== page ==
IN the 1980s, Republican presidents won elections by embracing the religious right and opposing abortions. In the 1990s, it is not that simple.
Pro-choice Republicans are taking a closer look at the issue. Abortion is nibbling away at their ties to the party.
* At a Democratic rally in Chicago, a suburban Republican ticks off his reasons for voting against George Bush: the economy, the environment, "and he's supporting the Republican platform on abortion."
* In Kentucky, Republican Susan Stokes is running for the US House as a pro-choice candidate. "The majority of women are determined to change this position in the Republican Party," says the well-regarded state legislator. But if they fail, she is not sure she will stick with the party. "I'm a one-day-at-a-time person," she says.
* Karen Decker of greater Kansas City, Mo., has already switched allegiances. "I realized that there was no place in the Republican Party for me," she says. The religious right is taking over. "I didn't leave my party. My party has left me," she says.
Even anti-abortion advocates notice a change.
"There has been a little bit of a shift," says Carol Scoville, president of Missouri Right to Life. "But I think it remains to be seen whether people vote ... for abortion. It's not been proven at the polls."
Although most Americans are not anti-abortion, opposing abortion traditionally has helped Republicans. That is because opponents of abortion have been single-issue voters; pro-choice voters have not. Several polls have shown anti-abortion candidates getting a seven-point edge in votes, says Ms. Scoville.
But recent Supreme Court limits on abortion may change that. Abortion supporters are focusing more on the issue, says Paul Kleppner, director of the Social Science Research Institute at Northern Illinois University. Opposing abortion may no longer be an electoral advantage.
One early sign comes from Illinois. Two years ago, anti-abortion activist Penny Pullen beat pro-choice candidate Rosemary Mulligan in a Republican state legislative primary. Her margin of victory: six votes. This year, in a rematch, Representative Pullen lost her seat to Ms. Mulligan by 1,200 votes.
It is probably not true that abortion made the only difference in that race. Pullen's district boundaries were redrawn. She faced the same anti-incumbent feeling and economic downturn that President Bush faces. It is doubtful that Mr. Bush would win if he severed his ties to the religious right. But abortion gives voters one more reason to vote against him.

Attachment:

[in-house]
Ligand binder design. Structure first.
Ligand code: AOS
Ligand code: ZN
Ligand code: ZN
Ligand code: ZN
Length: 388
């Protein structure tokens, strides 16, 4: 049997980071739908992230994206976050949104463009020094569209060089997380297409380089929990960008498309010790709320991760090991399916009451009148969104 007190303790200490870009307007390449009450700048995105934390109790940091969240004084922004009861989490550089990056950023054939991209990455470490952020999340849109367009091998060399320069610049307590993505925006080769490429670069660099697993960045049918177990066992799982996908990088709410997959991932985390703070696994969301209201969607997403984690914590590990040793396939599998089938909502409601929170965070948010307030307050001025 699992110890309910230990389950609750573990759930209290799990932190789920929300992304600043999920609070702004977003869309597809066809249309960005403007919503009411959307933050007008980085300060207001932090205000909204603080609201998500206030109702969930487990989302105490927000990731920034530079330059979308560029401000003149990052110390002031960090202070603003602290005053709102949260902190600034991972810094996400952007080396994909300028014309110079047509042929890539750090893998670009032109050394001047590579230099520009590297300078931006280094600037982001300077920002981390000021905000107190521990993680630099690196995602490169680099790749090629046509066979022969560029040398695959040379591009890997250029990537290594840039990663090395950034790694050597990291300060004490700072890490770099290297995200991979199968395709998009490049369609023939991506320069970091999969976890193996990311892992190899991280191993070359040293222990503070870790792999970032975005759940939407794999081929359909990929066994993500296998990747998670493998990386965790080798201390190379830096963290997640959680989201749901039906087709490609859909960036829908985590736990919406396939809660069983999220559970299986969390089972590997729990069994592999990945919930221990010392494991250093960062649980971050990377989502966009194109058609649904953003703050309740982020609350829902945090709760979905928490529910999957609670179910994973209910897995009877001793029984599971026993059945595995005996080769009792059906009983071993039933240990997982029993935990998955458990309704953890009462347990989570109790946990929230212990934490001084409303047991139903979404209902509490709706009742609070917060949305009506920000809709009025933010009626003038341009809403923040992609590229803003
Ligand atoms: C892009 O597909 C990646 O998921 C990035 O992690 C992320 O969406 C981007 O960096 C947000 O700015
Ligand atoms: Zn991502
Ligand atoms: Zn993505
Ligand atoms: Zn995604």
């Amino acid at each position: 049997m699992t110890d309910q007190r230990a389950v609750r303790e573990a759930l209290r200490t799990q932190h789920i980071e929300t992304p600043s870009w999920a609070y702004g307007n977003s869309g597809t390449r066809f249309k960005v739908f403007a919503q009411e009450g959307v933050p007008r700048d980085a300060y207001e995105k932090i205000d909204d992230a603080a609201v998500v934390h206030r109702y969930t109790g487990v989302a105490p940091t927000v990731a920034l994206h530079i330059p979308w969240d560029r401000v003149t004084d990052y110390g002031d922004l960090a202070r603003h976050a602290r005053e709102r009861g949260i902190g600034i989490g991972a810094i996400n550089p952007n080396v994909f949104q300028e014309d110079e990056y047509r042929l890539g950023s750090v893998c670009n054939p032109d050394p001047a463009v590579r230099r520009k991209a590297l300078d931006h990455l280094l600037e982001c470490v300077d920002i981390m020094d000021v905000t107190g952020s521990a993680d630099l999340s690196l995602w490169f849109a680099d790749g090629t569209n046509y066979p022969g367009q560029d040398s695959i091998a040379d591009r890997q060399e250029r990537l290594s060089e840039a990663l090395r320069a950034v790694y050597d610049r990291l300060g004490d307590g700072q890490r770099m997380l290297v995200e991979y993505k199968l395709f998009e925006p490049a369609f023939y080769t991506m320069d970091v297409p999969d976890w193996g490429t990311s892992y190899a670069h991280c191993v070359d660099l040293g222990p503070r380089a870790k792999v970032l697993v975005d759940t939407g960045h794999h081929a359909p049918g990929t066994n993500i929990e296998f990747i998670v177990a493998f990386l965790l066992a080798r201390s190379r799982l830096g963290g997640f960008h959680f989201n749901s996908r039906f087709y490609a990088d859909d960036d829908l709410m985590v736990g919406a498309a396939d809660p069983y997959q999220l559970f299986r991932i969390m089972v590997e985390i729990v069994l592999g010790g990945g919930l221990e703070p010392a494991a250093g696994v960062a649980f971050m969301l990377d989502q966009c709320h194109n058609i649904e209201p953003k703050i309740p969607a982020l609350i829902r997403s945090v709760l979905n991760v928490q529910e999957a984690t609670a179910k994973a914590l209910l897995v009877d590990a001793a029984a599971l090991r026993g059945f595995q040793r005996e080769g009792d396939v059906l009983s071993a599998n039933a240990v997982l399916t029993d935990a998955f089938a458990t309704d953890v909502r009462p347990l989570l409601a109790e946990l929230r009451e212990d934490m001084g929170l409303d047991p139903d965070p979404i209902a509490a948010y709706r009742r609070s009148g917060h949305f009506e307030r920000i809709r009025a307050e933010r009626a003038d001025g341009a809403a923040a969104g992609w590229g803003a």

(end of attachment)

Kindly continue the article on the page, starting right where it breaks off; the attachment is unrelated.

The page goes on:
If Republicans lose badly, they will have to take another look at their abortion stance, political observers say.
"I think abortion as symbolic politics has been disastrous," says Paul Weber, chairman of the political science department at the University of Louisville. "There's no room for compromise .... They [Republicans] have to reject that as a single issue."
Republicans faced the same dilemma exactly 100 years ago. Then, the issue was prohibition. The religious right of the 1890s was moving to make it a platform of the party. They had campaigned against parochial schools (the complete opposite of today's stance). But in 1896, William McKinley took the reins and broadened the party's appeal. He campaigned on social harmony and prosperity.
His victory was a turning point in American politics. The Republicans went on to win six of the next eight presidential elections. The Democrats became a squabbling minority and did not really recover until the election of Franklin Roosevelt.
Today's Republicans face a similar dilemma. By embracing the loyal but narrow electoral base of the religious right, the party may marginalize its appeal.
In retrospect, President McKinley had it easy. By 1893, the religious right was in disrepute. The depression of that period also discredited the incumbent Democrats. So McKinley had the luxury of a big electoral margin at the time that he turned his back on the religious right. Today's Republicans do not have it so easy.
The religious right has not lost its power at the polls. Even if it does, pollsters and voters may blame it on the gloomy economy rather than abortion.
Here in Missouri, this year's governor's race should be as clear an abortion referendum as any statewide contest in the nation. The Republican nominee, William Webster, is the attorney general of the Supreme Court's so-called Webster case. He successfully defended Missouri's right to limit abortions. His Democratic opponent, Lt. Gov. Mel Carnahan, is pro-choice.
NEVERTHELESS, both men have downplayed the abortion issue in their campaigns. Lt. Governor Carna-han prefers to blast Mr. Webster's record in a right-to-die case and a drawn-out St. Louis desegregation court battle. Webster attacks Carnahan for wanting to raise taxes.
"I have never run a commercial on abortion," Webster says. "I don't think most Missourians are single-issue voters. [But] it is going to be part of the political landscape until it is resolved one way or the other."
The religious right is so well organized that Republicans privately doubt that it will be ignored after 1992. One key, says an Illinois campaign official, is who will lead the party after 1992.
Whoever it is will have a real battle to keep the GOP from splitting up," says Professor Kleppner. "They'll have a real donnybrook over the next four years between uncompromising elements."